Isocolon

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For the unicode character tricolon (ie.⁝), see unicode.

Isocolon is a figure of speech in which a sentence is composed by two or more parts (cola) perfectly equivalent in structure, length and rhythm:[1] it is called bicolon, tricolon, or tetracolon depending on whether they are two, three, or four.[1] A well-known example of tricolon is Julius Caesar's "Veni, vidi, vici" ("I came; I saw; I conquered).

The term is derived from the Greek ἴσος (ísos), "equal" and κῶλον (kôlon), "member, clause". The plural is '-cola' but in English may also be '-colons'.[2]

Bicolon[edit]

An example of bicolon is the advertising slogan "buy one, get one" (you pay for one item but you get another free).[1]

In Biblical poetry it is standard to see a pair of adjacent lines of poetry in which the second echoes the meaning of the first.[3] This can be considered a bicolon.[3][need quotation to verify] For example:

  1. When Israel came out of Egypt, | Jacob from a people of foreign tongue,
  2. Judah became God’s sanctuary, | Israel his dominion.
  3. The sea looked and fled, | the Jordan turned back;
  4. the mountains leaped like rams, | the hills like lambs.
  5. Why was it, sea, that you fled? | Why, Jordan, did you turn back?
  6. Why, mountains, did you leap like rams, | you hills, like lambs?
  7. Tremble, earth, at the presence of the Lord, | at the presence of the God of Jacob,
  8. who turned the rock into a pool, | the hard rock into springs of water
Psalm 114

Tricolon[edit]

Tricolon can sometimes be an hendiatris.

Veni, vidi, vici
— (Julius Caesar)
"I came; I saw; I conquered."
Nec tē noster amor nec tē data dextera quondam
nec moritūra tenet crūdēlī fūnere Dīdō?
Aeneid Book IV by Virgil
"Does our love not hold you, nor does my right hand having been given hold you, nor does Dido about to die with a cruel death hold you?"
"Life, liberty, and the pursuit of happiness"
— (Declaration of Independence)

A tricolon that comprises parts in increasing size, magnitude or intensity is called a tricolon crescens, or an ascending tricolon.[4] Tricolon can sometimes be an hendiatris.

Similarly, tricolon that comprises parts that decrease in size, magnitude, intensity, or word length is called a tricolon diminuens, or a descending tricolon.

Abraham Lincoln used tricola in many[citation needed] of his speeches. His Gettysburg Address has the following phrase: "We cannot dedicate – we cannot consecrate – we cannot hallow..." Lincoln wrote in his second inaugural address, "with malice toward none, with charity toward all, with firmness in the right...", which became the most famous expression in the speech. Winston Churchill also used the device frequently, perhaps most famously in August 1940 when referring to the Battle of Britain with the line "Never in the field of human conflict was so much owed by so many to so few." In this instance, a frequent literary device of making the third cola stand apart in meaning from the other two for emphasis is employed (much/many/few).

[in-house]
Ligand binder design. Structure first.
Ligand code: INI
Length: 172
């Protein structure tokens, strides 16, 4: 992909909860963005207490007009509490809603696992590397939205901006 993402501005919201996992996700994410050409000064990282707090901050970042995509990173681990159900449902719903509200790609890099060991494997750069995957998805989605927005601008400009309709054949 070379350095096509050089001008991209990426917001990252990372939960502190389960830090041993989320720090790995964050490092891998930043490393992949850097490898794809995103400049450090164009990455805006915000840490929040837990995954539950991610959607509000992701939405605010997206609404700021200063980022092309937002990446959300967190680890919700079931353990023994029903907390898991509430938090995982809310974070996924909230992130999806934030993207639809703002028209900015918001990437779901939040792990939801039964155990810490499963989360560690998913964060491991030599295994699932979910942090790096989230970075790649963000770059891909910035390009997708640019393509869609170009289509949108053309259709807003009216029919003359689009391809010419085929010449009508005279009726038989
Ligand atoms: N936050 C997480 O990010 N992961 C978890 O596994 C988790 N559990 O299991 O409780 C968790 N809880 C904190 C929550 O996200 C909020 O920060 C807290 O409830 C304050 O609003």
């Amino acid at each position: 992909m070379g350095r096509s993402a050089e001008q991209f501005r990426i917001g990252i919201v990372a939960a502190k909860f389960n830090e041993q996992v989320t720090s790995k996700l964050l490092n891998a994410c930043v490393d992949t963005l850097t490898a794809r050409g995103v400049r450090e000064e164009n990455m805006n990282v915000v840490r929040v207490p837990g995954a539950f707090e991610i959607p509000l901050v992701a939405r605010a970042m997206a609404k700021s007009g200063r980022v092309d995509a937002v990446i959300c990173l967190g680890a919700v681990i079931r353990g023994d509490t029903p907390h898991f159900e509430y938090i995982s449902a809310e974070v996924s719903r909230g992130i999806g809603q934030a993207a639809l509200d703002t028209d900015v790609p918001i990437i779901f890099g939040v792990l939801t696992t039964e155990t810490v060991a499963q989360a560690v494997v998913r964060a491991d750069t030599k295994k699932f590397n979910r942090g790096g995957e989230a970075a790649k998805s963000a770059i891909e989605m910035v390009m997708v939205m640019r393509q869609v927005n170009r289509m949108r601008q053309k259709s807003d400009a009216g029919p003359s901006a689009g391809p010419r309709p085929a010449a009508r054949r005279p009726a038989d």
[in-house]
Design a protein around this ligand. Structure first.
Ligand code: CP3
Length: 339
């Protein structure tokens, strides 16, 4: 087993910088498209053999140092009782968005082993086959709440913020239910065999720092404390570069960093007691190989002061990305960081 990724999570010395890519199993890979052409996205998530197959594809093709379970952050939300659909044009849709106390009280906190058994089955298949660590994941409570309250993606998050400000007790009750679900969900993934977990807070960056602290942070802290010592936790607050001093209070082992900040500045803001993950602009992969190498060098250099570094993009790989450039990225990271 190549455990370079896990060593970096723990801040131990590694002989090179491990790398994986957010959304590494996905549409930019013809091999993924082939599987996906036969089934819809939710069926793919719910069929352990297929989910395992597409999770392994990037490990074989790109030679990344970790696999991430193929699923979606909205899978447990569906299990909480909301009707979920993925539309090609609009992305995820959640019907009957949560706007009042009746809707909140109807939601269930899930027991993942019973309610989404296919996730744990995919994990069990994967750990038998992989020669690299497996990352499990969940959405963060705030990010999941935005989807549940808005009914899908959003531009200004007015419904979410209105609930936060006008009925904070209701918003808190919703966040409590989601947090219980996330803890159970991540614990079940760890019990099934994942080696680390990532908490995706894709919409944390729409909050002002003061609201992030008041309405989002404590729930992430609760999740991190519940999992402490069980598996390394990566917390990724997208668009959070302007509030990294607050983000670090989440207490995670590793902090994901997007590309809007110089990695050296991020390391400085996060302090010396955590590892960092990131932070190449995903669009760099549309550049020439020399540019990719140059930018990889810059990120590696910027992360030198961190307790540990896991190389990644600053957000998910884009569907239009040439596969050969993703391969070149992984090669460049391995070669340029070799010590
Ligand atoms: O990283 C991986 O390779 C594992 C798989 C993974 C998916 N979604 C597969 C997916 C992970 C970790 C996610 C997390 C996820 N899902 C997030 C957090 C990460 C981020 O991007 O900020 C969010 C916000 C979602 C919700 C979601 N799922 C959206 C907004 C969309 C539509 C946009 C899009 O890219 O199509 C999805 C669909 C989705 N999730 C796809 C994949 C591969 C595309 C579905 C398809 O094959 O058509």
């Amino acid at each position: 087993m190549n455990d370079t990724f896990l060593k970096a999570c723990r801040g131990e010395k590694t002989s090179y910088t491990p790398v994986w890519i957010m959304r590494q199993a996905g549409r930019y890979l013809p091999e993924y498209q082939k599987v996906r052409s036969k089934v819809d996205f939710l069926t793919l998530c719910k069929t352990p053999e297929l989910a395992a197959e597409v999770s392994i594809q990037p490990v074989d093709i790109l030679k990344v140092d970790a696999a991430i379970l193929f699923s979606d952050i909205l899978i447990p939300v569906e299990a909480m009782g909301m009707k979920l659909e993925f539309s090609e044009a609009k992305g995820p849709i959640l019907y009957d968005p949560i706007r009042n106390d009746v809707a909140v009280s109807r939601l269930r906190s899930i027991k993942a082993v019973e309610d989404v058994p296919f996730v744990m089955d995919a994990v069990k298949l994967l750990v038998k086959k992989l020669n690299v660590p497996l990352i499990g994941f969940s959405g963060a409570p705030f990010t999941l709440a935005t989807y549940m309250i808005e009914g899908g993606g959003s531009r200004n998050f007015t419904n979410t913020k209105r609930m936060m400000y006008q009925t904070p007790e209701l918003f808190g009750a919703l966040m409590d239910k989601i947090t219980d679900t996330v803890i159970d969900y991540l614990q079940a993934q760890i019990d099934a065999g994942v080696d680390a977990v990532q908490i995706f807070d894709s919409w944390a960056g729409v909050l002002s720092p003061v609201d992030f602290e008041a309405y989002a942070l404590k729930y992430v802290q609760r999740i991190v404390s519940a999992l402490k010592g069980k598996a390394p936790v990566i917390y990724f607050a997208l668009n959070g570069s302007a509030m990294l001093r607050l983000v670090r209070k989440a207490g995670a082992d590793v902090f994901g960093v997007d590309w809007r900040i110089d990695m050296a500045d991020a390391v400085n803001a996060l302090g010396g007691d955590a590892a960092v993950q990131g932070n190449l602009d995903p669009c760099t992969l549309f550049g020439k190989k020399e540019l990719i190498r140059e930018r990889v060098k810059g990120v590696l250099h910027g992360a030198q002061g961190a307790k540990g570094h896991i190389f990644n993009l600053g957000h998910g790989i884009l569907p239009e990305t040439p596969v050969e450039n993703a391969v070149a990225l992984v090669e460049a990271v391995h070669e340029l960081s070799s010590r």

British Prime Minister Tony Blair set out his priorities for office in 1997 with a far simpler "Education, Education, Education". This reflects the clichéd real estate tenet of "Location, location, location" as the three most important features when buying a house. This latter phrase has been said to have been coined by Harold Samuel,[5] though it appears in print as early as 1926.[6] Both can be considered tricola.[citation needed]

Tetracolon[edit]

Tetracola are sometimes called "quatrains" (cf. the usual meaning of quatrain).[3]

An example is Gabriele D'Annunzio:[1]

Era calcina grossa, e poi era terra cotta, e poi pareva bronzo, e ora è cosa viva.

See also[edit]

References[edit]

  1. ^ a b c d Dizionario di retorica e stilistica, UTET, Toino, 2004. ISBN 9788877508850
  2. ^ cf. "Bicola, Tricola, Paired Tricola, and Isaiah Variants in 2 Nephi 12 of the Book of Mormon: Authentic Hebrew Poetry?" at [1]
  3. ^ a b c Tremper Longman, Peter Enns, Dictionary of the Old Testament: wisdom, poetry & writings 3, p. 520
  4. ^ Latina ad Vitam: Poetry Device of the Day: Tricolon Crescens
  5. ^ Brodie, Sophie (14 November 2007). "It's location, location, location for Land Secs". The Daily Telegraph (London). Retrieved 11 May 2010. 
  6. ^ On Language: Location, Location, Location Safire, William; 26 June 2009.
  • Corbett, Edward P.J. Classical Rhetoric for the Modern Student. Oxford University Press, New York, 1971.
  • Smyth, Herbert Weir (1920). Greek Grammar. Cambridge MA: Harvard University Press. p. 680. ISBN 0-674-36250-0.